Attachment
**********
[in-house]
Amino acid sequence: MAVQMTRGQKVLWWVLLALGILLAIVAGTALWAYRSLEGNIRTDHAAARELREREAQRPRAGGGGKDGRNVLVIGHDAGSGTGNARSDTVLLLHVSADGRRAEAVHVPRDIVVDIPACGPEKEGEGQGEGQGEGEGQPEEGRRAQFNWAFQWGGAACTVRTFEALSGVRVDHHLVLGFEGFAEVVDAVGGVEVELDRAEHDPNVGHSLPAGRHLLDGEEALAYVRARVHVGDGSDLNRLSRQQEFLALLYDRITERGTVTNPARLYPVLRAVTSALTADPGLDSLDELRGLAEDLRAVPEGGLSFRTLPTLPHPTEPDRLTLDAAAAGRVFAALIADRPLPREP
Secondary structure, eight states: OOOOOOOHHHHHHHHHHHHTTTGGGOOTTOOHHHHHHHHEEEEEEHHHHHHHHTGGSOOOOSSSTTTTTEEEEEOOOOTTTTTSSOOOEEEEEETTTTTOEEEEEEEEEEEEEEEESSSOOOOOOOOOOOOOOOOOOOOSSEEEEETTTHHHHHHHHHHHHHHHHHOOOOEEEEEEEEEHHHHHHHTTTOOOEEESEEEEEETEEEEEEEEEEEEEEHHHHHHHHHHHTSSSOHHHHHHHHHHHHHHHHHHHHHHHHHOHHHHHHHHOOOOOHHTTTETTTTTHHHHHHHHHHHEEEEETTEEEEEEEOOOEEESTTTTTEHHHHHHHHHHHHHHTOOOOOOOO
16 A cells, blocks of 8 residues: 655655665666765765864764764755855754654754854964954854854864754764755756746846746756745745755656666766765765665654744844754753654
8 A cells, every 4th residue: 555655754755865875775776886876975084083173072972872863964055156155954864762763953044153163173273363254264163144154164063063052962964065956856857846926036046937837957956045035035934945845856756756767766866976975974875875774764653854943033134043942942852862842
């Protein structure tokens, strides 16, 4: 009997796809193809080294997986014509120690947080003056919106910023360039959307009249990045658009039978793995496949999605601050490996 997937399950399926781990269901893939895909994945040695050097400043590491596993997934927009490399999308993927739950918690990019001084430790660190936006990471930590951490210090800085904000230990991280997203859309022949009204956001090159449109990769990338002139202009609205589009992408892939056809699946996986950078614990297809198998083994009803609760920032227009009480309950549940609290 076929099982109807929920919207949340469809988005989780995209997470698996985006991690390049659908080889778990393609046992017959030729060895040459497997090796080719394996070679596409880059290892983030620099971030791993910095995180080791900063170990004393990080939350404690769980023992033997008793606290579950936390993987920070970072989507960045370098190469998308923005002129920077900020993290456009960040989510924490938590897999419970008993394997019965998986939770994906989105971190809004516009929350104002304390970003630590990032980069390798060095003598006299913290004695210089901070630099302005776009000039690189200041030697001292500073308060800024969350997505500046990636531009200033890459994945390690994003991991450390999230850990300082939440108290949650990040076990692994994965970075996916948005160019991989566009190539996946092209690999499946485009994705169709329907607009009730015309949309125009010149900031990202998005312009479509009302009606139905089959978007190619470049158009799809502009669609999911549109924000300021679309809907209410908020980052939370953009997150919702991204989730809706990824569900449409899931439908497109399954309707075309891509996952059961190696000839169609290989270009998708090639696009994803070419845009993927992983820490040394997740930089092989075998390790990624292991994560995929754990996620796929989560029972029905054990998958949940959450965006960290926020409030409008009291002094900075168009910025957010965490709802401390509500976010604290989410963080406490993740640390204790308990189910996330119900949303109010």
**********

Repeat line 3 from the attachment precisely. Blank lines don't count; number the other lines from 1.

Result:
Secondary structure, eight states: OOOOOOOHHHHHHHHHHHHTTTGGGOOTTOOHHHHHHHHEEEEEEHHHHHHHHTGGSOOOOSSSTTTTTEEEEEOOOOTTTTTSSOOOEEEEEETTTTTOEEEEEEEEEEEEEEEESSSOOOOOOOOOOOOOOOOOOOOSSEEEEETTTHHHHHHHHHHHHHHHHHOOOOEEEEEEEEEHHHHHHHTTTOOOEEESEEEEEETEEEEEEEEEEEEEEHHHHHHHHHHHTSSSOHHHHHHHHHHHHHHHHHHHHHHHHHOHHHHHHHHOOOOOHHTTTETTTTTHHHHHHHHHHHEEEEETTEEEEEEEOOOEEESTTTTTEHHHHHHHHHHHHHHTOOOOOOOO